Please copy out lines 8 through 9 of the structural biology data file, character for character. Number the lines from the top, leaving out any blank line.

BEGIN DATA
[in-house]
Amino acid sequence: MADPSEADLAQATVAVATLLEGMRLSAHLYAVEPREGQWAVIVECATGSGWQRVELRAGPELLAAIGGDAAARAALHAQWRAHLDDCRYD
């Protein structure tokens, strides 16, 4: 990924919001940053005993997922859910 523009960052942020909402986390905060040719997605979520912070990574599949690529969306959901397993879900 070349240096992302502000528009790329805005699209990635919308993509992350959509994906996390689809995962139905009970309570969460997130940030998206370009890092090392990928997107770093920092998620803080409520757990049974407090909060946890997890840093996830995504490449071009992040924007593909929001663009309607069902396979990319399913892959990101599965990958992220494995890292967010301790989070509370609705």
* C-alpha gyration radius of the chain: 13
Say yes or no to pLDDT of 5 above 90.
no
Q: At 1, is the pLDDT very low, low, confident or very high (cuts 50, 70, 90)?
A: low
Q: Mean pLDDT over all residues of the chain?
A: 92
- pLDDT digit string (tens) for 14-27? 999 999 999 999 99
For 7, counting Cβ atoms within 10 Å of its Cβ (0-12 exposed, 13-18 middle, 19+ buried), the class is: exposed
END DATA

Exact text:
A: low
Q: Mean pLDDT over all residues of the chain?